A typical day for Mom. In her own words: Every now & then someone will ask me what my day is like since John & I became full time caregivers of our son Joe. Typically the morning begins about 6 am when we bathe, groom, dress, feed & pray with Joe. Then John will often take him by the ocean for a walk followed by daily Mass at 9. I remain at home to clean, straighten, do laundry, etc. The rest of the morning we run errands or do things at home..,you know the usual..,paying bills, making doctor or therapy appointments, etc. After lunch, joe rests for an hour or two in bed, and I stay in the room with him to assure that it happens. For Example, he sometimes gets his leg or arm in a position that I know will keep him awake, so I adjust:) A brain injured person not only needs a very regular schedule, they need a lot of rest. Even when they are quiet, their brains are constantly processing Information which becomes mentally exhausting. If that happens, fatigue can lead to agitation. During this time in his room (in the dark), I'm writing emails or texts & on FB, where I keep up with the world;)
Of course later in the afternoon, it's dinner prep, clean up, JEOPARDY, dessert, night time meds, & usually Joe goes to bed at 9.
So our days are pretty routine, and once week or so a friend will offer to sit with Joe for 2 hours, and our daughter Jen will invite Joe to her house when she's not working her full time job at the hospital, or driving her 4 kids everywhere. Joe loves to go to Jen's. It can get pretty boring here with us. Our days may seem routine but sometimes it can be difficult since we don't always understand what Joe is saying. And there is a constant sorrow under the surface, knowing what could have been, & that he will depend on us or someone for the rest of his life. Yet Joe is a pleasant guy who usually wakes up smiling & goes to sleep smiling. We are blessed!
Joe's a true Jersey shore boy again! Here's a shot of him after he got off the phone with his brother John who most likely reminisced about their Spring Lake Hts younger days! They never got into any trouble! Except for the boomerang and the crabbing incident which were Johns fault. :)))
Dad, Mom & Joe are just about moved into their new place in Spring Lake Heights. It took a village this past week. Here is a 31 year old set of pics I found in storage. These 3 people really are Joes biggest hero's!
Joe and his entire NJ family spent Easter at Grams and we co-celebrated her 94th birthday! #Spring weather has finally come to the Jersey Shore too. In fact last week, Joe's "gofundme" campaign turned 1. We couldn't have done it without all of you! As always we are forever grateful!!! The Pascale Family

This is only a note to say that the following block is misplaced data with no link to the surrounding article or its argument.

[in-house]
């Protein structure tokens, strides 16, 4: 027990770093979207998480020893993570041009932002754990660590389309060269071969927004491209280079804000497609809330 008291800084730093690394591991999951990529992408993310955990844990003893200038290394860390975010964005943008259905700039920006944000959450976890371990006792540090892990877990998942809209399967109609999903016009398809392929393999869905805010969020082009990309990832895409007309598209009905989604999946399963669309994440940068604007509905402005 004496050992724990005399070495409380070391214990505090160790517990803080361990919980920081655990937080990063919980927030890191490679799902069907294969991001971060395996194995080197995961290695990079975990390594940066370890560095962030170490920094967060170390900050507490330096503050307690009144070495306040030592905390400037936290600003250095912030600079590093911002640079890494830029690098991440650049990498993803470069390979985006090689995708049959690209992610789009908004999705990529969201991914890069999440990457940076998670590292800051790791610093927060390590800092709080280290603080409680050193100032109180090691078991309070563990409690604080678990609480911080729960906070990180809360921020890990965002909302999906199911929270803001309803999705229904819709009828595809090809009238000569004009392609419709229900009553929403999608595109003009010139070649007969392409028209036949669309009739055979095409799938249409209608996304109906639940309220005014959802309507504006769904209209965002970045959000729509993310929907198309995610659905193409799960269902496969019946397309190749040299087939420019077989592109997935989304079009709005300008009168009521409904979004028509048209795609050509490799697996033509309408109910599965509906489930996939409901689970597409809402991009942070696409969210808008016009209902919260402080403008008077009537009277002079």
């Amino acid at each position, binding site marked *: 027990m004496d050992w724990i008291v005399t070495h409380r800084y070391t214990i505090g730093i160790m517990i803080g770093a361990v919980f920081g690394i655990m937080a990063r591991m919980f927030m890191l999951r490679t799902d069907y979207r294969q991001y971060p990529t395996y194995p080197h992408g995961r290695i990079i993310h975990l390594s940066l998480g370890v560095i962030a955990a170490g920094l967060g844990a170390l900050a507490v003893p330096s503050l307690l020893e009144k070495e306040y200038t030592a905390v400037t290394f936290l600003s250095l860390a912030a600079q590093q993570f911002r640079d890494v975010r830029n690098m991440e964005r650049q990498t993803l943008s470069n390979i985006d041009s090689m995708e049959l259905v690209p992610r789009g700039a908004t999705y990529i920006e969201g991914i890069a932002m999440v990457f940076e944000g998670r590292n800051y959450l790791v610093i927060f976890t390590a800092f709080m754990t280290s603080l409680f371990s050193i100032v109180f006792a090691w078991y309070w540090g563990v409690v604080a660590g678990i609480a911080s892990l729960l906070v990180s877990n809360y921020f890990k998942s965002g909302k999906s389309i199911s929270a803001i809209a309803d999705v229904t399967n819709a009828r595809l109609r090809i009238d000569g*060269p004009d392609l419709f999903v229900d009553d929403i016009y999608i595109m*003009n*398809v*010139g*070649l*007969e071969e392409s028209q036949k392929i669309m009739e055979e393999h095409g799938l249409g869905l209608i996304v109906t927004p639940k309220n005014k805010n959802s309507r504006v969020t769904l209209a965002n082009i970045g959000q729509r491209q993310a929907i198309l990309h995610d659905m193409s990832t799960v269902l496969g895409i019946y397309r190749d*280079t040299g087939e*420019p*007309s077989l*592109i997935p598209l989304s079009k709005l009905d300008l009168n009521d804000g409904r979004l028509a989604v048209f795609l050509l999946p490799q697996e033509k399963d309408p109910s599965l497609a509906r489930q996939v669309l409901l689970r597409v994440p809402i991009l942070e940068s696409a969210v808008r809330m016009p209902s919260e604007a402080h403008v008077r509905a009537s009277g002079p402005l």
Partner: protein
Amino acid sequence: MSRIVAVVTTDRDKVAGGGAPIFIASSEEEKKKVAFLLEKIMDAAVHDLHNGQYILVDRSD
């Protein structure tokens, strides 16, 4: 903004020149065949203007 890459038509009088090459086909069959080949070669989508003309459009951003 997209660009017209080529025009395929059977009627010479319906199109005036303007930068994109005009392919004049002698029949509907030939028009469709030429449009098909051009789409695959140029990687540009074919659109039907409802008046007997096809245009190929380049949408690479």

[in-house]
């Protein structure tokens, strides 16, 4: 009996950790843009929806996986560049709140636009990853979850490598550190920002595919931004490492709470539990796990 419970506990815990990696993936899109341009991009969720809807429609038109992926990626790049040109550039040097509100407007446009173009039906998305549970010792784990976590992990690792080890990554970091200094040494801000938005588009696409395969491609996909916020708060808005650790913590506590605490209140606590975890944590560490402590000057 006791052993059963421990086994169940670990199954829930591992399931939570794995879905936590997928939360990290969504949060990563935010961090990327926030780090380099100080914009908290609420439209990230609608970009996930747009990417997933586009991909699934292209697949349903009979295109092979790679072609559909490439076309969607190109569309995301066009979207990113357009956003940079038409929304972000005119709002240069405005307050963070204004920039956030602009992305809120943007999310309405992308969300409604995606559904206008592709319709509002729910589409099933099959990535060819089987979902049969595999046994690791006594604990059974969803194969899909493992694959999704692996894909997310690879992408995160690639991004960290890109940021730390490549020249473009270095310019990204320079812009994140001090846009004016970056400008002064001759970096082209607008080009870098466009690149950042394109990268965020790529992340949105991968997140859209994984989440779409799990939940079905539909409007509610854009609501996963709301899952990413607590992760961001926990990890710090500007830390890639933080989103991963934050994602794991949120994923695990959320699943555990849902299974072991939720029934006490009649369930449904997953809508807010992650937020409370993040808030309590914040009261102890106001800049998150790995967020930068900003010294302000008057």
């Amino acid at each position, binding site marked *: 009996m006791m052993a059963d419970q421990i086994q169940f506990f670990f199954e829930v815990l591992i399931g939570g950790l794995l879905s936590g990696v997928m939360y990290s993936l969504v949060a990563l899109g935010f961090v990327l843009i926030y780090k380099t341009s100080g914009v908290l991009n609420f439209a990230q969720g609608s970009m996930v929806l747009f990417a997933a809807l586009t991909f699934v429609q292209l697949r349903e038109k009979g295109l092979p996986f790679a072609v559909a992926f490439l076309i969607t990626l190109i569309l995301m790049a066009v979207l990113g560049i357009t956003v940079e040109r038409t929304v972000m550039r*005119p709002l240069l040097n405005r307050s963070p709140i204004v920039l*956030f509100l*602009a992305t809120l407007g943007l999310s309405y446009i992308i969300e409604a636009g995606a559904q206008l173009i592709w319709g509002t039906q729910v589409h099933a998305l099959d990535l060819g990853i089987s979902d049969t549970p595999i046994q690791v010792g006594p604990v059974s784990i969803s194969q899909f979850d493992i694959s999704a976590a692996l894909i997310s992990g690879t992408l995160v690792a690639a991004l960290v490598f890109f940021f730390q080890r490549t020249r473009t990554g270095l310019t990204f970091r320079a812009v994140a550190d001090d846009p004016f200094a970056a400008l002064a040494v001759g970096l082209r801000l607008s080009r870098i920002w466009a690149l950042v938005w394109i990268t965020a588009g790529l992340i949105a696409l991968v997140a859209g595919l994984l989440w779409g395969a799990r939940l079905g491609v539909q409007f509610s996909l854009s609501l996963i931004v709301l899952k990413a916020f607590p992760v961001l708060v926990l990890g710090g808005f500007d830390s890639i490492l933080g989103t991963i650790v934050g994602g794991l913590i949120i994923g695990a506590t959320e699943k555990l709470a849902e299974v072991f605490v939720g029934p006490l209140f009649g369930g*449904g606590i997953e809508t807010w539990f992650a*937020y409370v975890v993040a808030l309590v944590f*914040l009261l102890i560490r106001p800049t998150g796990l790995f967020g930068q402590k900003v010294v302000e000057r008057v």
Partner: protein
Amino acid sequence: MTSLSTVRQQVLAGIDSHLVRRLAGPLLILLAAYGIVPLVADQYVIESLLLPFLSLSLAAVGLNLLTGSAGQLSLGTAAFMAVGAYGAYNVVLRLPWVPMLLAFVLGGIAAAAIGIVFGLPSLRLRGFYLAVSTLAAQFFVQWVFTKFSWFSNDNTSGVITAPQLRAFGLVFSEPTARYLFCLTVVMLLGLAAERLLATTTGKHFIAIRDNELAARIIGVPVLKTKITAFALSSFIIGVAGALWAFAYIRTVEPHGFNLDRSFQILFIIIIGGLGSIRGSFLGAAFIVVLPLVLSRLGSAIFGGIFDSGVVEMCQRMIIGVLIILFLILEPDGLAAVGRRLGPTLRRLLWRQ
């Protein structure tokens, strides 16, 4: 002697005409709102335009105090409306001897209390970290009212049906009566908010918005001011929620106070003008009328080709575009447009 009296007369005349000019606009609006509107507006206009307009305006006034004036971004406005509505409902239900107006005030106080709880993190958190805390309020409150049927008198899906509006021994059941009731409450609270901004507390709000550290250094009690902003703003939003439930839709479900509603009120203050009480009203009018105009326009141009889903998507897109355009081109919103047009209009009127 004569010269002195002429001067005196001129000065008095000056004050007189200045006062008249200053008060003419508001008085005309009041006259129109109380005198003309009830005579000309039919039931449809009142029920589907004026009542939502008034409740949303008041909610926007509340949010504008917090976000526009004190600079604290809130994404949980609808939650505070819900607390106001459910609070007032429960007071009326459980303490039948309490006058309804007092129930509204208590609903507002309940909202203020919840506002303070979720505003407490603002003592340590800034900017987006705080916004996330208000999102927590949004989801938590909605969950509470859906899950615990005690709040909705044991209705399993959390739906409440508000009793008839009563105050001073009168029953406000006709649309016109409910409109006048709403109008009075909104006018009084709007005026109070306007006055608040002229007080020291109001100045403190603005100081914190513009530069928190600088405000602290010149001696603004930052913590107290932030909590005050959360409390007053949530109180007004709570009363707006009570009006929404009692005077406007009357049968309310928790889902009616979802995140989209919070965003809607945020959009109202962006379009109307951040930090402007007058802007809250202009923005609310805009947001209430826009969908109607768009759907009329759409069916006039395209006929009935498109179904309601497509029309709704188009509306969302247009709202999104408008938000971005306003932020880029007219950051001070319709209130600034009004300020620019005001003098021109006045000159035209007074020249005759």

Special Need Request: Lifting Joe in and out of the wheel chair and/or bed can be difficult for anyone and having him upright as much as possible is healthier for his system. We recently had to purchase a Hoyer Lift which ran $2800. $1000 of it was covered by insurance so our out-of-pocket was $1800. I'm trying to raise money for my parents for this item. Have a great weekend everyone! The Pascale Family.
Joe, Mom and Dad are back at the Jersey Shore closer to Jennifer & David. Joe was discharged last week from Kesslers acute rehab in North Jersey but will begin a regimen of physical therapy this week! To show how tough and ready he is, he wants to share with you his latest marine crew cut!
Meet Joseph Pascale. Our brother Joe was once a hardworking, loving, husband and father of 2 boys. Two years ago, after a seemingly routine upper respiratory infection, Joe was found unresponsive and was taken to the Brookwood Hospital, where he remained for 2 months. After a myriad of testing, including CT scans, MRIs, EEGs, lab tests, and even a brain biopsy, the etiology of Joe’s brain insult and resultant coma, remains unclear.
Joseph gradually regained consciousness and was able to be taken off the ventilator, but his brain injury has impacted many of his normal bodily functions. Joe became emaciated and profoundly weak and frail. Last year, our parents became Joe’s primary care takers, and they have worked tirelessly to obtain the best possible care, treatments and therapies to ensure that Joseph will regain the highest level of function possible. Since then, Joseph’s overall health has improved tremendously. He has regained all his weight and his strength has improved.
Without a definitive diagnosis, Joe’s care, medications, therapies and treatments have been a series of trial and error. He has had set backs, improvements and breakthroughs. Despite their best efforts, Joseph still has very limited speech, only minimal vision, and loss of most voluntary muscle control. He continues to be plagued by frequent involuntary muscle spasms. The most frustrating part for Joseph has been his inability to communicate. But through it all, Joseph is mostly peaceful and content in my parents’ care. He smiles often and laughs easily. Our parents are grateful for the opportunity to care for him and consider Joe a great blessing.
Joseph is an otherwise healthy 35 year old man, and while we are always hopeful for a full recovery, we understand that he will probably require care for the rest of his life. My family cannot express enough, the depth of our gratitude for the thoughts, prayers and financial support of so many. We humbly ask for continued support. We have joined with expect change to provide a tax deductable way to make a donation. Please consider committing to a monthly or perhaps quarterly donation if you feel so led. Please know that no amount is too little and no prayer goes unheard. May God bless you and yours and please accept the sincere gratitude of our whole family and Joe.